Knowing when to use a comma with a clause in a
sentence can be a confusing matter. To understand if
punctuation is needed, it is important to understand
the different types of clauses and to understand
their purpose in the sentence. Before we begin, some
definitions are required.
Clause – A clause is a series of related
words that contain a subject and a predicate.
Sometimes a clause is independent, meaning it can
stand alone as a complete sentence. Other times the
clause is dependent, meaning it can't stand alone as
a sentence, but serves or functions as an adverb,
adjective, or a noun within a sentence. Such clauses
can be of two types – restrictive and
Restrictive Clause – A clause that in some
way limits a word or words referred to, either by
setting conditions or limiting the word to a certain
group or specific item.
What this means is that the clause is necessary for
the sentence’s meaning. Because the information is
required for the meaning to be complete, it should
never be separated from the rest of the sentence
with a comma or commas.
Ex. – Bruce even includes a chapter on the number of
individuals who began to visit the South as a
In this example, the subordinate clause (bolded) is
restrictive because Bruce included only a certain
kind of individuals – those who visited the South in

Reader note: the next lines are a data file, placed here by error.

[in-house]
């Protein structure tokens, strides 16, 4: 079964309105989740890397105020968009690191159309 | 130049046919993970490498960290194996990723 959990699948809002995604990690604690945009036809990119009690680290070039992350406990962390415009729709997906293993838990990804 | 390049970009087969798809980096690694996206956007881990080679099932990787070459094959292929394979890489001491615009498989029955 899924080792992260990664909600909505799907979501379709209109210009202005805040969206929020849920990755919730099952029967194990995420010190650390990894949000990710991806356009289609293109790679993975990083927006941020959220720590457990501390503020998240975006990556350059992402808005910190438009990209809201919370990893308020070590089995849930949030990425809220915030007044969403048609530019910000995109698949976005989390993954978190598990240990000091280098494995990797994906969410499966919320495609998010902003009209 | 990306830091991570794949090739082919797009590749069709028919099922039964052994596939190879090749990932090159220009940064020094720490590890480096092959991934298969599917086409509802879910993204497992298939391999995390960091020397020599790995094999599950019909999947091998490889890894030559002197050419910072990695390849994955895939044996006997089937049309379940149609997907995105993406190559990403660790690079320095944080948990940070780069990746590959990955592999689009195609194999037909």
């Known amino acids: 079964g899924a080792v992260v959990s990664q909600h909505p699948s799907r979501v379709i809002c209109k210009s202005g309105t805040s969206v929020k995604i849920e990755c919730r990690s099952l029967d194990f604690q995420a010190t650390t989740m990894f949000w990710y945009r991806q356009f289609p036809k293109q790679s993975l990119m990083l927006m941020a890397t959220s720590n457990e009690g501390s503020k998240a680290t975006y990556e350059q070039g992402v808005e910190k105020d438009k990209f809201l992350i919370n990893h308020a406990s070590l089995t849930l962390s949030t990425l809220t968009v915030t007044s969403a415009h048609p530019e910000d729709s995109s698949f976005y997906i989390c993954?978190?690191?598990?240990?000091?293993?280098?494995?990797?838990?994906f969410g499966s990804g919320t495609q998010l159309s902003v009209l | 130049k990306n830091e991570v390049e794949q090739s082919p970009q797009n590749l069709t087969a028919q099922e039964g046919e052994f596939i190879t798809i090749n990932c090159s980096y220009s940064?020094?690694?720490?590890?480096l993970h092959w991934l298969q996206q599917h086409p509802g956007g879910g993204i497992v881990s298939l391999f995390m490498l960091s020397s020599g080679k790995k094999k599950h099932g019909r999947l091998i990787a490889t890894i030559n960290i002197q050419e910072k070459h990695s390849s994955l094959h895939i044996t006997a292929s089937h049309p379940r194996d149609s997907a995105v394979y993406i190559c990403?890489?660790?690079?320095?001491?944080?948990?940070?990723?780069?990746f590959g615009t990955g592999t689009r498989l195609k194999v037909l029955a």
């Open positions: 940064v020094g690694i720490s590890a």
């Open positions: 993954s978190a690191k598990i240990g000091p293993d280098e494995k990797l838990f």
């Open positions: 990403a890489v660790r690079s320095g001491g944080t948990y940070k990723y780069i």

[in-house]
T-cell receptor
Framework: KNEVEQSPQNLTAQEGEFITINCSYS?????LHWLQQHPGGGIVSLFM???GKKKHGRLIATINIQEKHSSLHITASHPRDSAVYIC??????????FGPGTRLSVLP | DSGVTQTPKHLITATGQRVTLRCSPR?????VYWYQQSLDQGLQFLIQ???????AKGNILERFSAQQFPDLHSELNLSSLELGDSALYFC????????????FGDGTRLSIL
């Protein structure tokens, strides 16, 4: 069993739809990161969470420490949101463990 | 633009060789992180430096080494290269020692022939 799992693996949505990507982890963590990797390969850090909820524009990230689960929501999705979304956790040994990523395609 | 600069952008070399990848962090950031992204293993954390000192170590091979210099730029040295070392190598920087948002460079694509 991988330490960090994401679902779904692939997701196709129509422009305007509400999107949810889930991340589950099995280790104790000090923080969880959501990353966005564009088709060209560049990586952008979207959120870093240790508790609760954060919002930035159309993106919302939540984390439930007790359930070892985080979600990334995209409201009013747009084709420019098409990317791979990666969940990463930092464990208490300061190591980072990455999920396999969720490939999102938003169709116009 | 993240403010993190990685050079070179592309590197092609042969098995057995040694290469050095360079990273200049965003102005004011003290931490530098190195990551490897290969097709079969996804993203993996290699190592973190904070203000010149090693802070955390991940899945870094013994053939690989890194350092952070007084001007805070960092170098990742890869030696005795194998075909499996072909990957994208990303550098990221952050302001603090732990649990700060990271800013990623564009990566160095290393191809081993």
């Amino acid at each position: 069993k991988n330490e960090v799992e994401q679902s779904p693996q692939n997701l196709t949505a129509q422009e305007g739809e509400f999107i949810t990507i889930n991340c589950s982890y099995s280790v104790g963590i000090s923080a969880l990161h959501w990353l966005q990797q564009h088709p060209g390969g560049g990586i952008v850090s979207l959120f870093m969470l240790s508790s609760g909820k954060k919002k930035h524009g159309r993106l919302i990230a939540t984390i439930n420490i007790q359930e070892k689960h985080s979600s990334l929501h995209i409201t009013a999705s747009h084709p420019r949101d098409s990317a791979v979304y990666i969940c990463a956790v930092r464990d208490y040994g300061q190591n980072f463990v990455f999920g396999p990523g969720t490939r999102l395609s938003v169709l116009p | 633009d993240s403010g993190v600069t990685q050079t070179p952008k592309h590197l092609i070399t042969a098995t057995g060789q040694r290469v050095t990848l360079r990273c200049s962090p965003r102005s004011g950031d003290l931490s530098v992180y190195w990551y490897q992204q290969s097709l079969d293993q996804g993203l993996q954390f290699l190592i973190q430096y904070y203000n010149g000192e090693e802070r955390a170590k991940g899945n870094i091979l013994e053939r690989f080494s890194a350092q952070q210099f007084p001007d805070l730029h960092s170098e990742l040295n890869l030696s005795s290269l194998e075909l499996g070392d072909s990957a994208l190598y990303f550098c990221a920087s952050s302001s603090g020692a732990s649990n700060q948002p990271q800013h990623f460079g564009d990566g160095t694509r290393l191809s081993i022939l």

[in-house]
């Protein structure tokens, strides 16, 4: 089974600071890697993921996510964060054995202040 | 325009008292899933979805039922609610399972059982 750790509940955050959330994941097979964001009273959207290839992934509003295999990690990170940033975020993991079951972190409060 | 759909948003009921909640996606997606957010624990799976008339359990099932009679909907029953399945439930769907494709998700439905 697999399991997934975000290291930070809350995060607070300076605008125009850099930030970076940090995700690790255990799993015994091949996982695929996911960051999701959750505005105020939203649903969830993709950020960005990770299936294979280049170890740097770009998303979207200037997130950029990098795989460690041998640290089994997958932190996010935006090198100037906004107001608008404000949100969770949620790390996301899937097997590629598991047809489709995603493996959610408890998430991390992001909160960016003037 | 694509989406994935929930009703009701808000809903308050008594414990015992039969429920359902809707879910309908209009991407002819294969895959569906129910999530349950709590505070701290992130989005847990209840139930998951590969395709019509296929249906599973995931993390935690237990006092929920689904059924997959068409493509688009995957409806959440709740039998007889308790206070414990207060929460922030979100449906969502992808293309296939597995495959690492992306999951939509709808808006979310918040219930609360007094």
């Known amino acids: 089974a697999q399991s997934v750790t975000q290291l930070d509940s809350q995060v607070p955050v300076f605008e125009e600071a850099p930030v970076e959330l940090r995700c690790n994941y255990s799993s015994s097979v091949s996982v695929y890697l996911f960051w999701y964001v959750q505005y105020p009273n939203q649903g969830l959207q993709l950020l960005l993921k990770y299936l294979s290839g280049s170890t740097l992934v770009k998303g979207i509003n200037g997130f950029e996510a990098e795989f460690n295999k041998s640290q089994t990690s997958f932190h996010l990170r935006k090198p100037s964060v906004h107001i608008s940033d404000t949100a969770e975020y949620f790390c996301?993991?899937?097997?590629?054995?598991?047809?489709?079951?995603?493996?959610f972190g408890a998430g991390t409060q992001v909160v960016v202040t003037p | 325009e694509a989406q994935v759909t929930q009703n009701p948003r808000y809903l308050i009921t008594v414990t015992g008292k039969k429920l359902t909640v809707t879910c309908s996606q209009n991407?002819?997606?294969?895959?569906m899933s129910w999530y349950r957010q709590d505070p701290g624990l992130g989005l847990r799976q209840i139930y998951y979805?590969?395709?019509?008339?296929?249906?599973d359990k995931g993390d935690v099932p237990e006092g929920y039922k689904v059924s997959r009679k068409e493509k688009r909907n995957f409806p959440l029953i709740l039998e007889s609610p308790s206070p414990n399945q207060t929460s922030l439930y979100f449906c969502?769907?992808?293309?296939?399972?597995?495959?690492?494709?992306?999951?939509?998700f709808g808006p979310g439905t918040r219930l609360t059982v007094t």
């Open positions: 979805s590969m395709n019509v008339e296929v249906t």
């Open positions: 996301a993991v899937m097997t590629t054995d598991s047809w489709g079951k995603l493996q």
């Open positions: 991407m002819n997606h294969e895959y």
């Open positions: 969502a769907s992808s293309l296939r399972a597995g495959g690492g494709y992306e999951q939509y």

the winter. Without the clarification provided by
the restrictive clause, the sentence would be vague
Nonrestrictive Clause – A clause that is not
essential to the meaning of the word or words
Unlike a restrictive clause, nonrestrictive clauses
merely add information. They are not necessary for
the full meaning of the sentence to be clear. Since
this is the case, a comma or pair of commas is
Ex. – The first was Bailyn’s addition to show that
the inherited oppositional thought, which he
claims had been apparent in American polity since
the early eighteenth-century, differed from
mainstream English thought.
As a way of demonstrating the properties of a
nonrestrictive clause, look at the same sentence
with the clause removed:
The first was Bailyn’s addition to show that the
inherited oppositional thought differed from
mainstream English thought.
As you can see, the sentence still makes sense and
its meaning is clear without the clause. It gets
across the main information the writer wanted the
reader to know. The nonrestrictive clause simply
adds to the information.
earned her BA at the University of Houston-Victoria and
is pursuing graduate studies at Texas A&M University-Corpus
Christi. She has worked as a writing tutor at the Academic
Center for two years.
(1983). The Little Rhetoric & Handbook with Readings.
Glenview, IL: Scott, Foresman and Company.
Horner, W.B., Webb, S.S., & Miller, R.K. (1998) Harbrace
College Handbook. (13th Ed.) Fort Worth, TX: Harcourt
Brace College Publishers.